Checking in with Team Canada

Tip: Shot-shaping 101

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Alena Sharp (Golf Canada)

When I analyze a golf swing I do so with a number of objectives in mind. Helping to create the desired shot is a very important one but also allowing enough variability to create a number of shots as required. Oftentimes I will suggest an adjustment in setup rather than alter an athlete’s swing mechanics. This is both easier to manage (as long as comfort is not the priority) and delivers almost immediate results.

Let’s focus on two parameters that change the resulting impact of ball flight dramatically: shoulder alignment and ball position.

Successful athletes like Alena Sharp, an Olympian with Team Canada at the 2016 Rio Games, know how to match these positions up to their desired result. She demonstrates here two different setup positions to deliver two different-shaped shots.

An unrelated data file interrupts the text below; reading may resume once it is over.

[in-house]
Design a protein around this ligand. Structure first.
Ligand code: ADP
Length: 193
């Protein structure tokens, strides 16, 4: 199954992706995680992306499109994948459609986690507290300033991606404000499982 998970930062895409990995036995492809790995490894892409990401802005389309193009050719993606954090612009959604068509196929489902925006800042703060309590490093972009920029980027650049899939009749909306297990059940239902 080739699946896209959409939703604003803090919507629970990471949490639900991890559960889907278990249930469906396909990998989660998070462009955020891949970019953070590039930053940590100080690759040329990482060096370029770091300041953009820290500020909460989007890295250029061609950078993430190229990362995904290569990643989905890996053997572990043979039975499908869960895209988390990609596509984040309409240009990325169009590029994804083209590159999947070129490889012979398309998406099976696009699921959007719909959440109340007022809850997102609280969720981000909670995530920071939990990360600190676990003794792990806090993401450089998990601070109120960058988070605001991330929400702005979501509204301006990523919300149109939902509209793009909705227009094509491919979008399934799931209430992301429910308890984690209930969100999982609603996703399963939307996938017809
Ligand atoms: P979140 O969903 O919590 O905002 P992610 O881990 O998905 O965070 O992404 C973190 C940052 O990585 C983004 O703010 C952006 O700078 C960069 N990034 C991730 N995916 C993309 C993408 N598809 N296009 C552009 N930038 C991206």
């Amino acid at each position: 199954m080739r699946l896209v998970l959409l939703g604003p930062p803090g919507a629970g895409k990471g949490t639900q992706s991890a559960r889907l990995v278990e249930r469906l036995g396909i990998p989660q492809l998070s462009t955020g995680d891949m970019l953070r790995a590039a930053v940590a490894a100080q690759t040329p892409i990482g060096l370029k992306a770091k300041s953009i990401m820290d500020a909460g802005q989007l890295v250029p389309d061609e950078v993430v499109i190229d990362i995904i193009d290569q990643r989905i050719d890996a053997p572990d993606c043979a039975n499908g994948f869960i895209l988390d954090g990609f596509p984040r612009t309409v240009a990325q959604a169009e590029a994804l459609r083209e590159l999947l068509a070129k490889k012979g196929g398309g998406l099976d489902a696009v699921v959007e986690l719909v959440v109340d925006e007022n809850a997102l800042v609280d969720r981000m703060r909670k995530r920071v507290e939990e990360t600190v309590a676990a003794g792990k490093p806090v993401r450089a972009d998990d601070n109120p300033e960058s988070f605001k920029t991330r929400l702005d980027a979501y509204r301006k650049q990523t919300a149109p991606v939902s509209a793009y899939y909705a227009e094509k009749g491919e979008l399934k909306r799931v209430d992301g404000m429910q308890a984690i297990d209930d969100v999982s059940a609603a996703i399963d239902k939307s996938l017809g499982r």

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Shoulder alignment to the right of target, ball position closer to the centre of your stance. This allows your path to move to the right of the clubface and encourages right-to-left shape to the shot.

Shoulders aligned to the left of the target with the ball position closer to your lead foot. This allows your path to move to the left of the clubface and encourage a left-to-right shape to the shot.

At first these positions may feel uncomfortable and contact may be inconsistent. But stick with it and try both address positions. At some point you may need both shapes to be successful on the golf course.

This article was originally published in the Fall Issue of Golf Canada Magazine. Click here to view the full magazine.